- The introduction of the revolution inhibited a fear among the masses that commercial farming would lead to unemployment and leave a lot of the labour force jobless. But the result seen was totally different there was a rise in rural employment. The tertiary industries such as transportation, irrigation, food processing, marketing, etc created employment opportunities for the workforce.
- The Green Revolution in India majorly benefited the farmers of the country. Farmers not only survived but also prospered during the revolution their income saw a significant rise which enabled them to shift from sustenance farming to commercial farming.
Besides the positive impact, the revolution had a gloomy side too. Some of the negative effects of the Green Revolution are stated below:
- Retardation of agricultural growth due to inadequate irrigation cover, shrinking farm size, failure to evolve new technologies, inadequate use of technology, declining plan outlay, unbalanced use of inputs, and weaknesses in credit delivery system.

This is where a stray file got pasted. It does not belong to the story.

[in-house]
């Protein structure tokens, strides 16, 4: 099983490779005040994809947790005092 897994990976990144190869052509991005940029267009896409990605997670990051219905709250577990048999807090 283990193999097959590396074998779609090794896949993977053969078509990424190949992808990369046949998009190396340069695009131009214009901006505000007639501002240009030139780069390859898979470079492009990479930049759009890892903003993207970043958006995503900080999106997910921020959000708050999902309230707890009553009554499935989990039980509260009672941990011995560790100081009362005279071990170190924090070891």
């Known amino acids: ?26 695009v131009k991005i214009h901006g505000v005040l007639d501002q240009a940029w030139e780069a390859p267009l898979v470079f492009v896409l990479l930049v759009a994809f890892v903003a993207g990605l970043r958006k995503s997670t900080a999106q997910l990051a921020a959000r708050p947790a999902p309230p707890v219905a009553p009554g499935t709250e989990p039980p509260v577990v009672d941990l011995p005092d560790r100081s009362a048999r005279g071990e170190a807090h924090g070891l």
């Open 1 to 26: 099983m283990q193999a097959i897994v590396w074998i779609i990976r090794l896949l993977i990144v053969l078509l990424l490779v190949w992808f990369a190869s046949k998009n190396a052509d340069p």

- Regional dispersal of the evolution created regional inequalities. The benefits of the green revolution remained concentrated in the areas where the new technology was used. Moreover, since the revolution for the number of years remained limited to wheat production, its benefits were mostly accrued only to wheat-growing areas.
- Interpersonal inequalities between large and small scale farmers. The new technologies introduced during the revolution called for substantial investments which were beyond the means of a majority of small farmers. Farmers having large farmlands continued to make greater absolute gains in income by reinvesting the earnings in farm and non-farm assets, purchasing land from the smaller cultivators, etc.
Knowledge of the Green revolution, Schemes under the Green revolution its aspects, features, and impact are important for various exams, especially the most coveted UPSC exam. Candidates preparing for UPSC 2020 must check the important links given below: